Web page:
The Project menu also has the Titling Facility. The titling facility gives you a convenient way to enter comments at the top of the MSF file. These comments are not saved in the usual GeneDoc encoded header, but above them in ascii text, so anyone or any program will have access to them.
There are a few editing functions specific to DNA projects as well. These include complementing and reversing sequences, copying data between sequences, and creating a fasta style output of the consensus row. A specific use of the Properties mode is very helpful for DNA projects as well. If the configuration dialog has the project set to a non protein type, then Property Shading Mode level 3 has been pre setup to shade each nucleotide in a unique color.
Save and Load User Defaults
Save and Load User Defaults is a way to save the current settings as GeneDoc's default settings. These would apply when you open a MSF file that has not been previously saved by GeneDoc. If you want to apply these settings to a file that has GeneDoc settings, then load the file and then use the Load User Defaults, these settings will replace whatever GeneDoc's current settings are.
Arranging alignments is a primary function of GeneDoc. There are many features provided to help accomplish this task. Both mouse and keyboard operations are supported. GeneDoc's Grab and Drag arrangement mode allows you to move residues around like beads on a string. You can Slide residues, which only inserts or delete gaps immediately in front of the selected residue, preserving other gap placements. You can insert and delete a gap with either the mouse or the INS and DEL keys. You can insert gaps into every other residue from the one clicked on, and insert columns of gaps. GeneDoc also provides the ability to select groups of sequences to work on. See Tips on Arrangement and Alignment View.
Using The Mouse
Using the mouse for arrangements gives you quick adjustment abilities. Grab and Drag and Slide modes work by clicking on the desired residue and while holding the mouse button down moving the mouse back and forth. Other modes, such as insert single gaps or insert gaps into other sequences, use a single mouse click. You can select columns for certain alignment functions by enabling the column select mode then clicking on the start and end columns to be selected.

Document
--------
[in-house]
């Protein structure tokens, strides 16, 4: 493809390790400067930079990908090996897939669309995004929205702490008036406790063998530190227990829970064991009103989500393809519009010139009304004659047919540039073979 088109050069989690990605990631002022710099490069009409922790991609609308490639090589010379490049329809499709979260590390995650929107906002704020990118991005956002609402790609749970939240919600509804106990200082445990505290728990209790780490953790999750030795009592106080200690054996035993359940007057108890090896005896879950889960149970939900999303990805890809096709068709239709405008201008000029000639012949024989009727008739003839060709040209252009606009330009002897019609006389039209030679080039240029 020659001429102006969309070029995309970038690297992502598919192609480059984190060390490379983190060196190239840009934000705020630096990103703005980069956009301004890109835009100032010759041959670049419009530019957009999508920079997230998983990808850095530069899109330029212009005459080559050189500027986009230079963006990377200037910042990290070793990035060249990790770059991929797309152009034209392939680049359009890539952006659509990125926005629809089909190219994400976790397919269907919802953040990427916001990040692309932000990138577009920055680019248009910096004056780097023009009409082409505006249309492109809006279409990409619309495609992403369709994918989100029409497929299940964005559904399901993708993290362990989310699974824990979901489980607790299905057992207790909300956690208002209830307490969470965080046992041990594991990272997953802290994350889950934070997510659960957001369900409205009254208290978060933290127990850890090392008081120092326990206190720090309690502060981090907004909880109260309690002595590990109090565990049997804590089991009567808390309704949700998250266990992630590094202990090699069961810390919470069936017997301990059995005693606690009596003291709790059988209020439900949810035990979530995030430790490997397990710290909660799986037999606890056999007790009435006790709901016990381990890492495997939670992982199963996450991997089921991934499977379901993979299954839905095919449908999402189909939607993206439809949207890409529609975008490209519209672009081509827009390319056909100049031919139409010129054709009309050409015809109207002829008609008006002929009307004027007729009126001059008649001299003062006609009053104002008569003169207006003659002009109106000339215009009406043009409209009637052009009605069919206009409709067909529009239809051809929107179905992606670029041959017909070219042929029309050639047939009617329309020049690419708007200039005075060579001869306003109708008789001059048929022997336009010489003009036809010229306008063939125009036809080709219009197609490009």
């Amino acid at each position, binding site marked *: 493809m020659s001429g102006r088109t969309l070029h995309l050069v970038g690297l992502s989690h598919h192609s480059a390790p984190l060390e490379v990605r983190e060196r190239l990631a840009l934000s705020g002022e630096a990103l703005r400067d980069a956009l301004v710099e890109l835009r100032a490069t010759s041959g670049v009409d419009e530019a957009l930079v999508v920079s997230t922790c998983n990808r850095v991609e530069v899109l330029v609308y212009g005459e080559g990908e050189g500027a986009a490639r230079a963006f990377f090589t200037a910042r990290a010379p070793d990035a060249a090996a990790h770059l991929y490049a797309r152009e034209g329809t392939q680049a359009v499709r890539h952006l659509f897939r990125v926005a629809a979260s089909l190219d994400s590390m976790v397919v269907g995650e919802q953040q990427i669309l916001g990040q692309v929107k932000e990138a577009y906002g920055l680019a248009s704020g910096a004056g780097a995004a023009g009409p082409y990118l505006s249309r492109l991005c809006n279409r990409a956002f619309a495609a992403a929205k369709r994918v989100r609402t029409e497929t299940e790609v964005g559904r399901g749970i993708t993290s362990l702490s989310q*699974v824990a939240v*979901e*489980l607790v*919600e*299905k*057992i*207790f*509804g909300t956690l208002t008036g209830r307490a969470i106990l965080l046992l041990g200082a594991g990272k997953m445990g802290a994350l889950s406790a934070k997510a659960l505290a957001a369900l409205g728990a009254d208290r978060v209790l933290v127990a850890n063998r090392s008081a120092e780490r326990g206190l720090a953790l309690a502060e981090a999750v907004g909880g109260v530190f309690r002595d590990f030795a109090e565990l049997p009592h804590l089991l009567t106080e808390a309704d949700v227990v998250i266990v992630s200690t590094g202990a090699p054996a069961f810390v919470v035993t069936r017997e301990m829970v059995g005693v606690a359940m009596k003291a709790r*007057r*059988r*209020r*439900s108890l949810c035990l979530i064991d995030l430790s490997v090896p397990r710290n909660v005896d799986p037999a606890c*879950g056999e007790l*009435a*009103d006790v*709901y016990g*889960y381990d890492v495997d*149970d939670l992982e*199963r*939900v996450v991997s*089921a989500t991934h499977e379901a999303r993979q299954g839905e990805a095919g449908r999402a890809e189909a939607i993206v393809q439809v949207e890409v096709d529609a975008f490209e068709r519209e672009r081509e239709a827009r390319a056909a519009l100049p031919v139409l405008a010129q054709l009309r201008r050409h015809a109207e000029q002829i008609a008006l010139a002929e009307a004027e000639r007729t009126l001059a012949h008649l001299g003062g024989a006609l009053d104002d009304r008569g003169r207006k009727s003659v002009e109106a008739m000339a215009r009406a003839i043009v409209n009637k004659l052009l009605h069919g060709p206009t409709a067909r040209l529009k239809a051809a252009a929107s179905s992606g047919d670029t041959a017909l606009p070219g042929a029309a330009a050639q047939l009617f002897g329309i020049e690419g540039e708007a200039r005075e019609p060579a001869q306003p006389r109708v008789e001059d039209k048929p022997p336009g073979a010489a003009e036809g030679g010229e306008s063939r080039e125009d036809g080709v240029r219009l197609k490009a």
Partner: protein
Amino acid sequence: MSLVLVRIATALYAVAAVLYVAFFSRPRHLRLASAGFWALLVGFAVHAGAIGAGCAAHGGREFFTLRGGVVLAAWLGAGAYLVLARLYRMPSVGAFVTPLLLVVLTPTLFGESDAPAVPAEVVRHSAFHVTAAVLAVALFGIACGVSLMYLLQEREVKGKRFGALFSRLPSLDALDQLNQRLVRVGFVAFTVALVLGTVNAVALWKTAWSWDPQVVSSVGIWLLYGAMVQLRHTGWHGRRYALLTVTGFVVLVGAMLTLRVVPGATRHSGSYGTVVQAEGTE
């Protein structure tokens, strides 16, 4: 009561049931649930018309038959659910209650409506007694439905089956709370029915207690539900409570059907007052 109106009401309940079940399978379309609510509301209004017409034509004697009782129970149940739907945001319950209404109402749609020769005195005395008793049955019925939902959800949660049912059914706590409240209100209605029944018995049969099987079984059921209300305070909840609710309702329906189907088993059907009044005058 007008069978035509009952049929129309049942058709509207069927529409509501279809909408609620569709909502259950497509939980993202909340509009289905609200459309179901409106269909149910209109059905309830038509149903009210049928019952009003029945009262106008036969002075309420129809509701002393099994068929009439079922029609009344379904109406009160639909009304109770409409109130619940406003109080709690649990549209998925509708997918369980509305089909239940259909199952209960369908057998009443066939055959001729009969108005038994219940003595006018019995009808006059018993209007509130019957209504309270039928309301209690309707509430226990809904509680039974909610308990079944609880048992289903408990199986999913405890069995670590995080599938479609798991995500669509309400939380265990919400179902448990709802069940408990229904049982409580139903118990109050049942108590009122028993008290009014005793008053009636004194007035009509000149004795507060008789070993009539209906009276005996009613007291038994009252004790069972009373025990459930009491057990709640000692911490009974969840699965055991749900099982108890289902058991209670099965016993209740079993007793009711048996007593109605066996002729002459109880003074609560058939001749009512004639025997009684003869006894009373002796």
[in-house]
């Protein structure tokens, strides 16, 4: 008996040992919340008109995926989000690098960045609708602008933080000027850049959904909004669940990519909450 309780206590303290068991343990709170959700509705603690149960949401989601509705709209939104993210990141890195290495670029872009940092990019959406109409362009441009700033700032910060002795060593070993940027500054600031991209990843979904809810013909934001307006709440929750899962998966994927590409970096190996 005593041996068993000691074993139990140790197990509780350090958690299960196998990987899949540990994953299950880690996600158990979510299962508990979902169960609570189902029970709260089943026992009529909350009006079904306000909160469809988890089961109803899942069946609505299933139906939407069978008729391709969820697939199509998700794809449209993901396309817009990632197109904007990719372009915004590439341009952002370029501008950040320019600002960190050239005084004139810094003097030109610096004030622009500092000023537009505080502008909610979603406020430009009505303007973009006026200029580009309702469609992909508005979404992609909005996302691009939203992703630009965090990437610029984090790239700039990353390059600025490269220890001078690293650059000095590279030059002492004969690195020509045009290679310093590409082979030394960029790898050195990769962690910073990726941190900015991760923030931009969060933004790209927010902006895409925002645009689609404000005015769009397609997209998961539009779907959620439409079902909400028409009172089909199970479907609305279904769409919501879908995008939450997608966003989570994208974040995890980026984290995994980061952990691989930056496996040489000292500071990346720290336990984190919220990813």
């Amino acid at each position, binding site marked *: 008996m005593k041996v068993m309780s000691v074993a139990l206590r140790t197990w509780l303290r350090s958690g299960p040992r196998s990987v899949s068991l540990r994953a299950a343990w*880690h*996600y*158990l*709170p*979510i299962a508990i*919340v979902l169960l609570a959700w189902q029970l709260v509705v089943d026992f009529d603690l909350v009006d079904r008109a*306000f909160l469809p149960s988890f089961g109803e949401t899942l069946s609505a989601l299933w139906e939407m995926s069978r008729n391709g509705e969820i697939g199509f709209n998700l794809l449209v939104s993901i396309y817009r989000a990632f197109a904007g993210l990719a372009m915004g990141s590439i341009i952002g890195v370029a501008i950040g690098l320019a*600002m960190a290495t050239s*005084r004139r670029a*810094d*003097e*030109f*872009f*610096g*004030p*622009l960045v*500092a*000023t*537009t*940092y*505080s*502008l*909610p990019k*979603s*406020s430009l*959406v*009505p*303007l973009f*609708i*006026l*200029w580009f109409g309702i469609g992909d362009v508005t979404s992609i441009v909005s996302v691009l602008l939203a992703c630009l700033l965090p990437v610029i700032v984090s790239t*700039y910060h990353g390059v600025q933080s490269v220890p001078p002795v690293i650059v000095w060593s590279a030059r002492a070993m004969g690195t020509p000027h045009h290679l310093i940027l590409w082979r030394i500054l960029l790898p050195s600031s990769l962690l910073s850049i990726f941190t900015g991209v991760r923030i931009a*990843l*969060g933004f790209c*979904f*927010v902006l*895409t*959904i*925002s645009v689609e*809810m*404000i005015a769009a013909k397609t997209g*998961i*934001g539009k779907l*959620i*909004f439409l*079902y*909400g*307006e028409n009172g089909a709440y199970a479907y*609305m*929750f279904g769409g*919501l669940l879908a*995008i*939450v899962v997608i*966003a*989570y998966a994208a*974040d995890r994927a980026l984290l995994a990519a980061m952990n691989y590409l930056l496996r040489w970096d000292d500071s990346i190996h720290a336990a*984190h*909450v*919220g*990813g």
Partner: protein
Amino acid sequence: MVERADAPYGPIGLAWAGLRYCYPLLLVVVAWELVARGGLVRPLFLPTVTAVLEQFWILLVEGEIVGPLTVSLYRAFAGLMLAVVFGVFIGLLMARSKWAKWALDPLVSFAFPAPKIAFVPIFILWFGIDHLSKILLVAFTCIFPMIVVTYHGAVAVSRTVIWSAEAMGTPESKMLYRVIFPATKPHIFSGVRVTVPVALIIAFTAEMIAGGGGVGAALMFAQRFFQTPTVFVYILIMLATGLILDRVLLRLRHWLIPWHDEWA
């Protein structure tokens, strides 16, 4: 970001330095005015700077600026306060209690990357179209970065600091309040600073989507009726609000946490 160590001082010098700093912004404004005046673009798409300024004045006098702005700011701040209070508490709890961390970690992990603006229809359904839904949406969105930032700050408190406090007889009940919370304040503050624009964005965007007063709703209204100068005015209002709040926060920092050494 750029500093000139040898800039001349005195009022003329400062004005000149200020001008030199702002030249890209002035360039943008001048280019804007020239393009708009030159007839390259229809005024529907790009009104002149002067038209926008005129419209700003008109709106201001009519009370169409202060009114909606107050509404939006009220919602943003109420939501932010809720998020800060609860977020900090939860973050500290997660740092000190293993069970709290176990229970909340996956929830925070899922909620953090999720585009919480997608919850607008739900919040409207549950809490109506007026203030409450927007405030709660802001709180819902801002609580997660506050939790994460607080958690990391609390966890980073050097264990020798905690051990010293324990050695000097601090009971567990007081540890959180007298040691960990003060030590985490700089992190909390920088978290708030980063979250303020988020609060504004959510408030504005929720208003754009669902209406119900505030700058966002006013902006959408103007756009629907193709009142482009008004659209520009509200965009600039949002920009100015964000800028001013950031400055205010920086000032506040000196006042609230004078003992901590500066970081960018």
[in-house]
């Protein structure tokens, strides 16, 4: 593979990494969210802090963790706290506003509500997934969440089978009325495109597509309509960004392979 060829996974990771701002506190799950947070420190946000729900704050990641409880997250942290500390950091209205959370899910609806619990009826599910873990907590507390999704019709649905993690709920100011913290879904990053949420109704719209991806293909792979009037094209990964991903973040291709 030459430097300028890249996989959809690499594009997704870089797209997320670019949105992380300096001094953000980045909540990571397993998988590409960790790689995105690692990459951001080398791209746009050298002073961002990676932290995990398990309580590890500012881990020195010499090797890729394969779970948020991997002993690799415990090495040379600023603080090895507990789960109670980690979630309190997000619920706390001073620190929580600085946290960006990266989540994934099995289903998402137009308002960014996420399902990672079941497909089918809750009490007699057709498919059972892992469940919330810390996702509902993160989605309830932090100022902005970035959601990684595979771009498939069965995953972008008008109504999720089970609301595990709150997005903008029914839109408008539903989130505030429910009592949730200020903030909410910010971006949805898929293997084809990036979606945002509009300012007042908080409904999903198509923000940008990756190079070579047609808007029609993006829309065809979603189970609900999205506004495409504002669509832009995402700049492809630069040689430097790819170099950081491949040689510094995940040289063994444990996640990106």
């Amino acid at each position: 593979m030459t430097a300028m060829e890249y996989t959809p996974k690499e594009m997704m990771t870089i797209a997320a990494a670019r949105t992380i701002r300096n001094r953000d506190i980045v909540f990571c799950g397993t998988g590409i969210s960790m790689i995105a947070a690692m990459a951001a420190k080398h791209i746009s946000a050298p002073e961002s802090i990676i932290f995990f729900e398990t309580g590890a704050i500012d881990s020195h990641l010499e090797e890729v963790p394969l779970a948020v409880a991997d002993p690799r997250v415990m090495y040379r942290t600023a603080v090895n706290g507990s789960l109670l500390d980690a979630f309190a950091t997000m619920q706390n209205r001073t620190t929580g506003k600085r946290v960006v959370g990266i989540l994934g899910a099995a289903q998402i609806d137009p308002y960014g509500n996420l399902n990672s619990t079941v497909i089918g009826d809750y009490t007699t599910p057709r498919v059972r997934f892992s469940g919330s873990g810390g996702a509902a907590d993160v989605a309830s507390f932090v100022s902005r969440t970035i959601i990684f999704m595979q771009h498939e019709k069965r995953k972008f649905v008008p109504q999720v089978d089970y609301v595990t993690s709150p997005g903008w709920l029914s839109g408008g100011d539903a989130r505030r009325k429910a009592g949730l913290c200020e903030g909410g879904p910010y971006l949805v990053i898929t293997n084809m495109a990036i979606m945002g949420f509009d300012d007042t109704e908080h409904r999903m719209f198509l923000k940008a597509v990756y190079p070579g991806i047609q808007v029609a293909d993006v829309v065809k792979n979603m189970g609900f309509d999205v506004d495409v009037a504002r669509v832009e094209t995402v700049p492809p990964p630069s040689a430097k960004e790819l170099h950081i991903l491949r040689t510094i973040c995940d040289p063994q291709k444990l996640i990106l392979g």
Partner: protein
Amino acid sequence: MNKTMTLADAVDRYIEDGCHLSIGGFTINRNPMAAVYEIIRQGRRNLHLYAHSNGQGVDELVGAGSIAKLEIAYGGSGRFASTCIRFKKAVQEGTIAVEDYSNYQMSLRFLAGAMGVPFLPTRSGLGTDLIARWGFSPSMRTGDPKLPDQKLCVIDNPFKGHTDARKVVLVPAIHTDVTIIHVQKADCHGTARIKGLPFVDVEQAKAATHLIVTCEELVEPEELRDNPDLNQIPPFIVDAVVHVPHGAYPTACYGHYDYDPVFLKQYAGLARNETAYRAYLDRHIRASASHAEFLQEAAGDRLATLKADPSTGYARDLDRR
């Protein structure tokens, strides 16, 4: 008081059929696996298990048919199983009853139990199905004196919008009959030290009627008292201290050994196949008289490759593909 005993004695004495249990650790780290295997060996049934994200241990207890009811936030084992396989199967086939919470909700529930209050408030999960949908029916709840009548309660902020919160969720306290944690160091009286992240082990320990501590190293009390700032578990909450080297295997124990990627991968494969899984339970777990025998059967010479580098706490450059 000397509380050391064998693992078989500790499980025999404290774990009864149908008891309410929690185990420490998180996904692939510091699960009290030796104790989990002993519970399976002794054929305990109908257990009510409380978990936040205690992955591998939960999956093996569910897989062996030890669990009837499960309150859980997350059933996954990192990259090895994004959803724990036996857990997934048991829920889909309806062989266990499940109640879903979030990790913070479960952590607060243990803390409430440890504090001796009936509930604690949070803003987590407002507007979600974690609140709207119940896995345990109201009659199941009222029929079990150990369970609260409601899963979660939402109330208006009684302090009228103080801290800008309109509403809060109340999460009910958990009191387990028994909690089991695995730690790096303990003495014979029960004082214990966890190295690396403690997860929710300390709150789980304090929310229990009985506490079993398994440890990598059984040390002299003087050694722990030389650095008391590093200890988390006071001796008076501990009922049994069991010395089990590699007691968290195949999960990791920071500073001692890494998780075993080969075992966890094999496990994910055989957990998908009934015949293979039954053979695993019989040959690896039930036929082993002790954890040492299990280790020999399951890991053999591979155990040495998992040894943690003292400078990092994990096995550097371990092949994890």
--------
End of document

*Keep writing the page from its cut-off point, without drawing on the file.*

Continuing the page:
Moving the mouse over the alignment updates the location indicator in the lower right corner of the GeneDoc window. This will show you what sequence and residue number the mouse is positioned over.
Using the Keyboard
The keyboard is very useful for arrangement of alignments. The keyboard is more precise than the mouse, especially if the mouse is dirty or jumpy. The keyboard can be slower than the mouse, but every effort has been made to help keep use of the keyboard efficient. There are a few shortcut keys that are helpful as well. After you become more familiar with GeneDoc, the keyboard is often a faster way to work with GeneDoc than the mouse. See Tips on Arrangement and Alignment View.
Additional Arrangement Functions
In addition to the movement of residues for arrangement purposes, there are few other helpful functions. You can select a range of columns to be deleted. As mentioned before, you can select a set of sequences to be worked upon. When you select sequences, clicking within the selected set performs work upon the selected set. When you click outside of the selected set, work is performed upon the unselected set.
Copy To & From Other Projects
A rather useful function, for specific cases, is the ability to copy a range of selected columns to another project, edit just that range, then replace them back into the original project. This can be useful for a variety of purposes, from manually arranging a restricted area, to exporting an area of the alignment to be realigned or aligned with a different alignment program.
Editing functions for DNA projects
DNA Ambiguity Support
GeneDoc has built in ambiguity support for DNA projects. This support is used in the realm of determining conservation for columns and where ever else is appropriate.
A DNA to Protein translation feature is incorporated into GeneDoc. You can choose from a set of translation tables or modify one to your own. There are several Frame Options for the translation process. If you make arrangement changes to a Protein alignment, you can ReGap the corresponding DNA project. Using the cylce of Translate/ReGap, you can keep both the DNA and Protein projects in sync.
Scoring while Arranging
GeneDoc provides scoring functions for the alignment view. Scores can be calculated for a selected range, presumably a range of columns you are rearranging, and then have the area recalculated conveniently after you have made arrangement changes. This is intended to give you an objective basis for determining whether your alignment changes are actually better or not. Scoring can be done with Sum of Pairs, Phylogenetic Tree, or Log Odds methods. For larger numbers of sequences, phylogenetic scoring can be rather slow.
Several Dayhoff and PAM similarity scoring tables are built into GeneDoc. These tables are used anywhere a score between two residues is needed. For example, while the conserved and quantify display modes depend mostly on the residue counts within a column, ties are broken by determining which of a set scores better against the rest of the column. The scoring tables are also used in the scoring features of GeneDoc.